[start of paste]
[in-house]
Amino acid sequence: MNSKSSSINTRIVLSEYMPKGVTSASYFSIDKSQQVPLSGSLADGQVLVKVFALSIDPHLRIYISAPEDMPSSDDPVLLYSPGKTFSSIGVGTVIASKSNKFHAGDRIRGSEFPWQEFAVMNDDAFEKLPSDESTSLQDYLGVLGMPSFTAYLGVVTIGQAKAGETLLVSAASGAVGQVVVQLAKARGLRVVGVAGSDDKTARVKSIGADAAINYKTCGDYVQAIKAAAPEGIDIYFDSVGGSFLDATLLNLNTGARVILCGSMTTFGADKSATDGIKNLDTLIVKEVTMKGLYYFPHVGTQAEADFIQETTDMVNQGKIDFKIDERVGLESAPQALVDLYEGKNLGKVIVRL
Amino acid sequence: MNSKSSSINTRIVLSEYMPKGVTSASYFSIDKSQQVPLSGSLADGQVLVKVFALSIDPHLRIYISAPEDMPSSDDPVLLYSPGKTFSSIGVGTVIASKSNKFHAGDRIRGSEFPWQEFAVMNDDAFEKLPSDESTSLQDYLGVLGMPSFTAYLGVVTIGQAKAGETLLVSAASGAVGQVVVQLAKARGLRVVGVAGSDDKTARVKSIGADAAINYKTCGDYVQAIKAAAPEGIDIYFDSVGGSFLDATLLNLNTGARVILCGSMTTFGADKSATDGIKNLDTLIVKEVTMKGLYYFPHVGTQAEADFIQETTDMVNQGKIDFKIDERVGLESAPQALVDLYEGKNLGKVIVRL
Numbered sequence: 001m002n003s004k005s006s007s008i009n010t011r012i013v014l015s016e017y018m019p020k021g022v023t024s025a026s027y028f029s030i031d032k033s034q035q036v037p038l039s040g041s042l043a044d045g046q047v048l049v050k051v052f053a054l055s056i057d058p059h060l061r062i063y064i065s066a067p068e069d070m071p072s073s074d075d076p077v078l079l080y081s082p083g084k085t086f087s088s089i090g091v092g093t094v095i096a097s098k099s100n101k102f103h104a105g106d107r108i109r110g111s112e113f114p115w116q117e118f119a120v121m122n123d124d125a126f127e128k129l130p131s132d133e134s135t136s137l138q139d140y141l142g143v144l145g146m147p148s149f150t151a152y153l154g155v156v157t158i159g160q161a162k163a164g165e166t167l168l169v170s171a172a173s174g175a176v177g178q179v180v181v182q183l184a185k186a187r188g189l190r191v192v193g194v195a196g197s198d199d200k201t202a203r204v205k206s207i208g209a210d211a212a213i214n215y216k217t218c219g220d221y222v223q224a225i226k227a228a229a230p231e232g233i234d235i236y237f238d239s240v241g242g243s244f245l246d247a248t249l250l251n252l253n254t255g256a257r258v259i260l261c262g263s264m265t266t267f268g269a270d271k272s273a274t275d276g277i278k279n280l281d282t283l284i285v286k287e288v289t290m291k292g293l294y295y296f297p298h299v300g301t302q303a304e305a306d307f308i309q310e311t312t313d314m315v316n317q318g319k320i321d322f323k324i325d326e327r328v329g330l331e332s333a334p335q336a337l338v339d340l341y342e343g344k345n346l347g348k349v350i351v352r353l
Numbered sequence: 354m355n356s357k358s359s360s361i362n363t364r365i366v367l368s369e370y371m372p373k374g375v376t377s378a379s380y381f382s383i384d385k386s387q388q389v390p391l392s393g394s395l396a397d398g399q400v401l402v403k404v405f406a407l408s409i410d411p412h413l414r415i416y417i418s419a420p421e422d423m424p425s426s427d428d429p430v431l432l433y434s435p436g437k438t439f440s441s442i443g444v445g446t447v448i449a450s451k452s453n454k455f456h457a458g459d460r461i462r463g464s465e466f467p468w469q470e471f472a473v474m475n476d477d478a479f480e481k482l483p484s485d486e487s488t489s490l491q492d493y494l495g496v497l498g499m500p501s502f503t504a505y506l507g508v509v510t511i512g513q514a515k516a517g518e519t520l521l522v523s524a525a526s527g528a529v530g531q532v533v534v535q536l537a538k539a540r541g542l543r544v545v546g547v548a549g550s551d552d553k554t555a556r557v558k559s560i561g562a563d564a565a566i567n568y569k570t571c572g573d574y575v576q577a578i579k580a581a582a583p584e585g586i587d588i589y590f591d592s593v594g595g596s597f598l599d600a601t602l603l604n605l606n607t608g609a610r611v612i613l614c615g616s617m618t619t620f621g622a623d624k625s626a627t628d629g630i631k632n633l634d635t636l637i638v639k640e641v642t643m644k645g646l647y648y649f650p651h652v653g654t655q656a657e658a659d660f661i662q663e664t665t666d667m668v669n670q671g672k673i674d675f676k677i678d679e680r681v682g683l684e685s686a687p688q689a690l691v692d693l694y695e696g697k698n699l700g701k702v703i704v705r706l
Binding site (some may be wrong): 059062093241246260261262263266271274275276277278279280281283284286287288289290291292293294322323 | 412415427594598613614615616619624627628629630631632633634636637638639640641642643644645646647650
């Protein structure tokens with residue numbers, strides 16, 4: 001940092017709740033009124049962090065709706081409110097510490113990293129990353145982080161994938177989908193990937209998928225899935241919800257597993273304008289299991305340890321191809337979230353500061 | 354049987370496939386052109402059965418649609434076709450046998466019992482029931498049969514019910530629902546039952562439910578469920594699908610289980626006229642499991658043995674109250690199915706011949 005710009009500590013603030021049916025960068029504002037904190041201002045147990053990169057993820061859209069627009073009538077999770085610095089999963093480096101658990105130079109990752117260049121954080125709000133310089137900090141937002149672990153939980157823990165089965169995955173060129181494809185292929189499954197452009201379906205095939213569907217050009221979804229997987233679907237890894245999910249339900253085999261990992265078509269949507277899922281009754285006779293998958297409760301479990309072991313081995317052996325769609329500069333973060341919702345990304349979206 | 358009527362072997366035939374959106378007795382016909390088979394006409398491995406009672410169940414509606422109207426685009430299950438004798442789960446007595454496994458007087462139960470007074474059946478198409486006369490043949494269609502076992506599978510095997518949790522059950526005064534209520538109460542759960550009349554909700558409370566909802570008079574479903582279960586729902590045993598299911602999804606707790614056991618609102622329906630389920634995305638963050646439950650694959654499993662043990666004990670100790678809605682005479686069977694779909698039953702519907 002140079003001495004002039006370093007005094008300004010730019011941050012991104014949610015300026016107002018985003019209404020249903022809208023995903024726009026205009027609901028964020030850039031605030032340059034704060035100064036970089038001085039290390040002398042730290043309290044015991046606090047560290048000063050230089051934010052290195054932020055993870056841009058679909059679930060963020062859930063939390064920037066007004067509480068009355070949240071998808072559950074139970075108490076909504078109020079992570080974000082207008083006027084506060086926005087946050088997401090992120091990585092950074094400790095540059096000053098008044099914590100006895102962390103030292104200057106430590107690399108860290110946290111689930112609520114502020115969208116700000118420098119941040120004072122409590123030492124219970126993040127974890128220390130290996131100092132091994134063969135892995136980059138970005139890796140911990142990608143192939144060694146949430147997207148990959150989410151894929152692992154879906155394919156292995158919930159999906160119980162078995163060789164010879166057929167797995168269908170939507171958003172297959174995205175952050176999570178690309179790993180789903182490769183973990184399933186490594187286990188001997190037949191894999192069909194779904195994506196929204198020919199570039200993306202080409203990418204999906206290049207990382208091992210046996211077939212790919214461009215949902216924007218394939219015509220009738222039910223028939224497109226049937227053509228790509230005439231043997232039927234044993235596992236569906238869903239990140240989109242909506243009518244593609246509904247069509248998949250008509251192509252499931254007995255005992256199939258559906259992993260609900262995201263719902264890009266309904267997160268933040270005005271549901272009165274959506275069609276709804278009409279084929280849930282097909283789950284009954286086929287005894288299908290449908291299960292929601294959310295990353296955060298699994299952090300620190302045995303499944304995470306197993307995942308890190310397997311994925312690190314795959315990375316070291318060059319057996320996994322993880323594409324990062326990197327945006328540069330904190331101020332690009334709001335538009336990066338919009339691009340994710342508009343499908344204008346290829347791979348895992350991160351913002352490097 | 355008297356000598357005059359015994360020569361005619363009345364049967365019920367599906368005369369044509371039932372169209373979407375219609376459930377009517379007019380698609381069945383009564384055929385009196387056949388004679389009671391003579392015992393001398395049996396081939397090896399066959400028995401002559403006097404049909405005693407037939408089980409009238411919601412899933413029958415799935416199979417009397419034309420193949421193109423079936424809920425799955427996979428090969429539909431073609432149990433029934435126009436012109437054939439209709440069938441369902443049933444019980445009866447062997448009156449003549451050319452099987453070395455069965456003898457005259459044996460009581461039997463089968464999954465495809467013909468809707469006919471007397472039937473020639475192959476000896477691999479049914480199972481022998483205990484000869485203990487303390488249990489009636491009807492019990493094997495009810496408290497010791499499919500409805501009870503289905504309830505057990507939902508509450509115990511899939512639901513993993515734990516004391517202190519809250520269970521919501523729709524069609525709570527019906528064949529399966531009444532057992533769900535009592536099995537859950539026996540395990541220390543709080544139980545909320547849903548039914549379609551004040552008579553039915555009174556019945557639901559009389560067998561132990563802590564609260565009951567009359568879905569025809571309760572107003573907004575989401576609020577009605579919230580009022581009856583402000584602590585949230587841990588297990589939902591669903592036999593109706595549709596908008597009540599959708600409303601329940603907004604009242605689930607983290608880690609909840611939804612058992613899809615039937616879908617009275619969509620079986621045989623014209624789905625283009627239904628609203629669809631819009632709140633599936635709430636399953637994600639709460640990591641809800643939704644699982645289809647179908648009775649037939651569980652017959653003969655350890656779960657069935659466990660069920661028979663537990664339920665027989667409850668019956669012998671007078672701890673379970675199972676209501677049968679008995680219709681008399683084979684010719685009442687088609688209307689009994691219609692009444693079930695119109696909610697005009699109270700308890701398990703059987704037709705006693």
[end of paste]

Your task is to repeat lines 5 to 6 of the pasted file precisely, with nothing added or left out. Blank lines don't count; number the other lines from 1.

Numbered sequence: 354m355n356s357k358s359s360s361i362n363t364r365i366v367l368s369e370y371m372p373k374g375v376t377s378a379s380y381f382s383i384d385k386s387q388q389v390p391l392s393g394s395l396a397d398g399q400v401l402v403k404v405f406a407l408s409i410d411p412h413l414r415i416y417i418s419a420p421e422d423m424p425s426s427d428d429p430v431l432l433y434s435p436g437k438t439f440s441s442i443g444v445g446t447v448i449a450s451k452s453n454k455f456h457a458g459d460r461i462r463g464s465e466f467p468w469q470e471f472a473v474m475n476d477d478a479f480e481k482l483p484s485d486e487s488t489s490l491q492d493y494l495g496v497l498g499m500p501s502f503t504a505y506l507g508v509v510t511i512g513q514a515k516a517g518e519t520l521l522v523s524a525a526s527g528a529v530g531q532v533v534v535q536l537a538k539a540r541g542l543r544v545v546g547v548a549g550s551d552d553k554t555a556r557v558k559s560i561g562a563d564a565a566i567n568y569k570t571c572g573d574y575v576q577a578i579k580a581a582a583p584e585g586i587d588i589y590f591d592s593v594g595g596s597f598l599d600a601t602l603l604n605l606n607t608g609a610r611v612i613l614c615g616s617m618t619t620f621g622a623d624k625s626a627t628d629g630i631k632n633l634d635t636l637i638v639k640e641v642t643m644k645g646l647y648y649f650p651h652v653g654t655q656a657e658a659d660f661i662q663e664t665t666d667m668v669n670q671g672k673i674d675f676k677i678d679e680r681v682g683l684e685s686a687p688q689a690l691v692d693l694y695e696g697k698n699l700g701k702v703i704v705r706l
Binding site (some may be wrong): 059062093241246260261262263266271274275276277278279280281283284286287288289290291292293294322323 | 412415427594598613614615616619624627628629630631632633634636637638639640641642643644645646647650